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Thailand’s military was accused of forcing back more than 2,000 Karen people who had fled Tatmadaw air strikes in Myanmar this week. Thousands of people fled Myanmar over the weekend after military jets attacked villages near the Thai border. The attacks have been speculated as retaliation against the Karen National Liberation Army, who attacked and captured a government military outpost on Saturday.
Activist groups, such as the European Karen Network and the Karen National Union (KNU) claimed that Thai authorities had blocked humanitarian aid to those seeking protection and forced them back to Myanmar, despite the ongoing military conflict in nearby Karen villages. Thailand was forced to refute claims it was supporting the military junta, as well as play defense on how far the military went in curbing the flow of Karen people seeking protection. An example of this inconsistency comes from two Thai officials.
First, Thichai Jindaluang, the Governor of Mae Hong Son province told journalists that refugees were not being pushed back; however the chief of Mae Sariang district reportedly told a local meeting that Thailand’s policy was that those fleeing the violence should be returned: “All agencies should follow the policy of the National Security Council which is we need to block those that fled and maintain them along the border.”
Because of the state of internal conflict in Myanmar, the coerced return of Karen people would constitute a violation of the principle of non-refoulement, a serious violation of Thailand’s obligations under customary international law. Recent events underscore Thailand’s twin policy problems with respect to Myanmar—a lengthy history of both trying to maintain durable bilateral relations with the Tatmadaw and a flawed refugee policy that has left countless people without basic protection.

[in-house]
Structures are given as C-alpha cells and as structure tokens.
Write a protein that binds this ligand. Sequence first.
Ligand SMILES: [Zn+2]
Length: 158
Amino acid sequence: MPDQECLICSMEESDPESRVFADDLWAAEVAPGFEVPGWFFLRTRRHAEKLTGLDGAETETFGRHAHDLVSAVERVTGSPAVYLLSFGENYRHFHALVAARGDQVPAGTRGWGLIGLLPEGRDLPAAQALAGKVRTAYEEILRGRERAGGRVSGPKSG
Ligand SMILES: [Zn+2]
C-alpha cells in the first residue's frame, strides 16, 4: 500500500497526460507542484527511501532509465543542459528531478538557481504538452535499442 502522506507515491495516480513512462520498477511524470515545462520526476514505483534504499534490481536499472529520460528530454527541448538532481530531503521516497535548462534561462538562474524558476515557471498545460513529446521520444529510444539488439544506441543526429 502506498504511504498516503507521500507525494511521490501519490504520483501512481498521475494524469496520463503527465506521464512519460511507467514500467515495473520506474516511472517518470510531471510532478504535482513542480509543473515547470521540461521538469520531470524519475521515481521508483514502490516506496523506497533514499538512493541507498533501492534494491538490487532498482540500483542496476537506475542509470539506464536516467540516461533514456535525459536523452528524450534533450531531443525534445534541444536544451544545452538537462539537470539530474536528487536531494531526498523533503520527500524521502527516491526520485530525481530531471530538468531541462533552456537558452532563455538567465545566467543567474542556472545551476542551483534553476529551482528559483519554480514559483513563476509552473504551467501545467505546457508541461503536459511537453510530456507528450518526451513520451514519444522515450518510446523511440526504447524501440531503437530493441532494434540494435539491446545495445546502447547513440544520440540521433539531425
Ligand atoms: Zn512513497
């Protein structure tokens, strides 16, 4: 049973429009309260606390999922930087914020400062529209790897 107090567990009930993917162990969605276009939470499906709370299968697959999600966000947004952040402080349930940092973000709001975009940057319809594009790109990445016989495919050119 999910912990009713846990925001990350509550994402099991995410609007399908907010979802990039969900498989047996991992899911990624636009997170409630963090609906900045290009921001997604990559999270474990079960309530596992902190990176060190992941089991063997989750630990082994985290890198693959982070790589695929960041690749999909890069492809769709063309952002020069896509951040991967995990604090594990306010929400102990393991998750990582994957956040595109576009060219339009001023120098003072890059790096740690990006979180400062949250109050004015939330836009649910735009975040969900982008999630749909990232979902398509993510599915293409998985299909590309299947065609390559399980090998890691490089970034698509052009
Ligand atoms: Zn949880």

The refugee crisis
It’s no secret that the Thai-Myanmar border has been a transit point for refugees and those continually displaced by Myanmar’s nearly constant internal conflict. According to the UN Refugee Agency (UNHCR), there are more than 97,000 refugees in Thailand, and as of February 2021, almost 92,000 come from Myanmar’s ethnic minorities, with a significant number of Karen living in nine camps along the border. Many of these minority groups have been pushed off their ancestral lands and some live as internally displaced people (IDPs) inside the country.
But Thailand’s hosting of nearly 100,000 refugees is merely a facade for what is consistently poor policy that fails to deliver proper protected status to groups like the Karen who are fleeing both ethnic persecution and violent conflict. Thailand has a history of providing some basic shelter from the Tatmadaw’s guns, while denying them legal status or documentation. Thailand has yet to become a signatory to the 1951 Refugee Convention, and as a result, treats refugees like the Karen in the same fashion it treats illegal immigrants. The end result is people ill-prepared or empowered to make transitions to better lives. The underbelly of Thailand’s refugee policy and the lack of a proper legal framework reveals a world where asylum are exposed seekers are vulnerable to human trafficking or instances where they get caught up in unfriendly detention centers.